Paternity On PatrolJun 11, 2023
Since becoming a father at the end of last year, a number of people have reached out asking for advice on balancing being a new father with being a police officer.
This blog post will walk through some of the lessons and discussion points that might help you balance having a new addition to the family with the rigors of a career in the police world.
A few caveats for this article: I can only speak to my own experience and what has worked for my wife and me. We’re in a position where my wife is able to take a very extended leave of absence from her employment to focus on our daughter, and my in-laws live close by and are overjoyed to be present and help out my wife while I’m either at work or away for my Army Reserve duties. Additionally, I’ve been with my wife since we were in college, and we’re now married and living together. I recognize that not everyone has the same circumstances, so I’ll do my best to keep the advice and learning points as universally applicable to parenthood as possible.
A final caveat: I’m a dude–I can’t speak to the experience of being a new mother and balancing that with being a police officer (hopefully someday a female Effective Fitness Training team member can weigh in on that).
With those caveats in mind, here are some things that I hope can help a percentage of our readers in navigating the waters of being a new parent:
A reality of being a new parent: you will get a lot less sleep than you did before, largely because you are now responsible for keeping a tiny human alive who is constantly hungry, tired, pissing/crapping in their pants, or any other number of issues. One of the things that was hugely helpful for my wife and I was an educational course that my wife purchased (in the middle of the night, while frustrated and sleep-deprived) that enabled us to better understand our baby, particularly her “wake windows” and how to help get the most out of her overnight sleep, naps, and awake-time. Within about 8 weeks, we were consistently getting 8 hours of sleep out of our baby. The more you can learn about your baby’s development and what to expect at different stages of development, the better equipped you are to handle what’s happening and what’s next. I strongly recommend simply Googling “wake windows” and seeing how long your baby should be awake before getting them a nap. While one might think that keeping a baby up for longer would help them sleep better overnight, being overtired actually just makes your baby fussy and upset and reduces their quality of sleep. The better the baby sleeps, the better you sleep. Knowledge is power; learn everything you can about what’s going on in your newborn’s development.
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Being a new parent is challenging; having to deal with the stressors of law enforcement work on top of that is exponentially worse. It’s very important to clearly communicate everything possible–your schedule, when you’re holding over/going in early, when you want to do stuff on your own, etc. The more advance notice you can give, the better. The simple act of getting out the door will now take significantly longer; you are at the mercy of your baby’s nap/feeding schedule, and you’ll have a ton of stuff to lug around. On this note, my wife and I do our best to plan out the week, when I’ll be where, and what support she’ll need in my absence, but we also communicate how we’re doing. My wife does everything she can on my work days to maximize how much sleep I’m getting. There have been times where she’s been taxed to her limits and she needs additional help. She’s comfortable communicating when she needs a little extra help because we are constantly discussing everything related to our family and the care of our daughter. Direct communication makes complexities of parenthood easier.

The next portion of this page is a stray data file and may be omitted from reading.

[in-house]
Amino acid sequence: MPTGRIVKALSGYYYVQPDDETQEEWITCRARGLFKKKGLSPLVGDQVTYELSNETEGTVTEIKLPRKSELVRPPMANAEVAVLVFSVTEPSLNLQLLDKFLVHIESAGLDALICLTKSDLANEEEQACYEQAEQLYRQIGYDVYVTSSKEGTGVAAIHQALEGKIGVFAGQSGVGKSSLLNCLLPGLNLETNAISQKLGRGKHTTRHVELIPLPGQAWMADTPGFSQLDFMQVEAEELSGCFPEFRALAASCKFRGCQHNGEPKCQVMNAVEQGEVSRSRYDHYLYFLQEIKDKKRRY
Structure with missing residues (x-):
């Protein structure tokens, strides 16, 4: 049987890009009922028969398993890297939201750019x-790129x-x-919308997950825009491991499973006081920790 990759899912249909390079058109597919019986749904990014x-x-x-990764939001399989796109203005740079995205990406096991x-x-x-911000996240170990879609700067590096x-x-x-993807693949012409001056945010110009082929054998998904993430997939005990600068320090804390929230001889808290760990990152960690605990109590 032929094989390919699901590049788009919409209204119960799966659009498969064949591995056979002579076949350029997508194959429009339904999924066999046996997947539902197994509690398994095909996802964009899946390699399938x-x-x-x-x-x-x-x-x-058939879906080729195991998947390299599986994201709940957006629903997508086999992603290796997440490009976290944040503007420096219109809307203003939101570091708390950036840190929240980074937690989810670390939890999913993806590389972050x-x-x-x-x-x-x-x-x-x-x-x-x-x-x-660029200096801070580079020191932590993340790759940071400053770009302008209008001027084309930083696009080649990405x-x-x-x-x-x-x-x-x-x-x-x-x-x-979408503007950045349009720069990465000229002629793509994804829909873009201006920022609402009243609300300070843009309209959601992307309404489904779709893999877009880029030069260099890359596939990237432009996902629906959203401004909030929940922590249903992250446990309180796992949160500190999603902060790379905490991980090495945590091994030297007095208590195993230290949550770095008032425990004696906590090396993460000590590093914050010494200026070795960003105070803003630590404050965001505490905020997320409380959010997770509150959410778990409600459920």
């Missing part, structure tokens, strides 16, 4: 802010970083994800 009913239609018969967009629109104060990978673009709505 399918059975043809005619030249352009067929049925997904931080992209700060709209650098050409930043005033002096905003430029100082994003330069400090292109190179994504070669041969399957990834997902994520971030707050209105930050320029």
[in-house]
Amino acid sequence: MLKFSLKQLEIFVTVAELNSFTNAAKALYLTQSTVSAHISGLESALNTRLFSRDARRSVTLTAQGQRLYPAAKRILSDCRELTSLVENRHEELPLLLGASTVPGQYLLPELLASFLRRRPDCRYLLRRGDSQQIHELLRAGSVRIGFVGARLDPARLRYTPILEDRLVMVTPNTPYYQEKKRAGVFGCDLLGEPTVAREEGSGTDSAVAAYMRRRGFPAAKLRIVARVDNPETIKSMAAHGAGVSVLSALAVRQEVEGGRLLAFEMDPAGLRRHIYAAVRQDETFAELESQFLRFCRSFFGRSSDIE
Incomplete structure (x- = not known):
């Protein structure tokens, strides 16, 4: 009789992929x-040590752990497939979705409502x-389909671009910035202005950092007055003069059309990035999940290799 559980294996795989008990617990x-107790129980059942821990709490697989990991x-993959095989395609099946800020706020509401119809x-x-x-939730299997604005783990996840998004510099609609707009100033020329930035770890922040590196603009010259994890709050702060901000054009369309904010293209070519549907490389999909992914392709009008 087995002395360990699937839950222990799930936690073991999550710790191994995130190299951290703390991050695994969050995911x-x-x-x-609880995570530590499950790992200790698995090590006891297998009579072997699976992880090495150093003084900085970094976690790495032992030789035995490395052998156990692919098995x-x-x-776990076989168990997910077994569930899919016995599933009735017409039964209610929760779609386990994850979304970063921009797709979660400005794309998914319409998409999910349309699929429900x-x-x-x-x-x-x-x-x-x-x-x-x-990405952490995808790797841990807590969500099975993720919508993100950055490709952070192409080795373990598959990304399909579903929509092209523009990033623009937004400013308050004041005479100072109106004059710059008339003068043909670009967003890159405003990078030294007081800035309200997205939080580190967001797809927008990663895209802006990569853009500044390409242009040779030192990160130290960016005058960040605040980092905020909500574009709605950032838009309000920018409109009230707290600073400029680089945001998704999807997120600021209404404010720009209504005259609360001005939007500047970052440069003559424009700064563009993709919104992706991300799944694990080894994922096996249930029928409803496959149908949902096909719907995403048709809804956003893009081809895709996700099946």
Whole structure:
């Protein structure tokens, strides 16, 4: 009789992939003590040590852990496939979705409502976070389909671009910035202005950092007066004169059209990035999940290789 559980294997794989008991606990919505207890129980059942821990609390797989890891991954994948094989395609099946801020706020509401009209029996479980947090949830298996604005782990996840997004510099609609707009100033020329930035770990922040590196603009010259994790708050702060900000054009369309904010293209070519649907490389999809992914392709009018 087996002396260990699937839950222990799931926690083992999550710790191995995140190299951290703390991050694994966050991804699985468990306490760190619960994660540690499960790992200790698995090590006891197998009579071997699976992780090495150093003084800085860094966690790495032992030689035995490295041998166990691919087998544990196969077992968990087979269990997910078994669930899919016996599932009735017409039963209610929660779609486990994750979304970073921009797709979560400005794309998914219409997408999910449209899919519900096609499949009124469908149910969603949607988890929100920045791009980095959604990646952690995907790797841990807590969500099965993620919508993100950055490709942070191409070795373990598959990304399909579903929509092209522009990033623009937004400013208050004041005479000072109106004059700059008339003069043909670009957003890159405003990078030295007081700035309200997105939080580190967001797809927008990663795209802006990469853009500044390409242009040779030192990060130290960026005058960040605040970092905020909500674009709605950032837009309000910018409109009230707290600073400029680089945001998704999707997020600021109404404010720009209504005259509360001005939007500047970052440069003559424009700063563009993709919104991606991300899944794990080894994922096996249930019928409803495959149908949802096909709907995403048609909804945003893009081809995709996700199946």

While you have a new baby, you still need to maintain your physical fitness as a police officer. This means figuring out how to effectively manage the time you’ve got–many workouts can be done in only a few minutes. When my daughter was super little, this meant while my wife and baby were taking a nap in the afternoon, I would smash some caffeine and get a lift session in (I set up a garage gym a few years ago). Giving up a little bit of time each day to keep your physical fitness helps keep your body in balance, and is necessary for when you’re on patrol to go home to your family. Fitness is not optional for LE; you’re also setting an example for your children to follow.
I’ve said it repeatedly throughout this post–being a new parent is a challenge. A constant theme within my discussions is embracing challenge. Constantly take mental inventory of what’s going on, how you’re feeling about it, and what you can do about it. If you feel yourself getting frustrated with your newborn who won't stop crying, take a breath, recognize that this baby will be grown before you realize it, and you’ll wish your teenage child was a crying newborn again. Challenges mold us; actively recognizing that you’re reacting to challenges in a way that helps you grow is something that will make the hard times much more bearable.
While some of these talking points likely seem boringly simple, actively keeping them at the front of my mind while figuring out being a new parent is something that has helped me keep everything in perspective. Being a father is the most challenging and wonderful thing I’ve been through, and every day is a new adventure.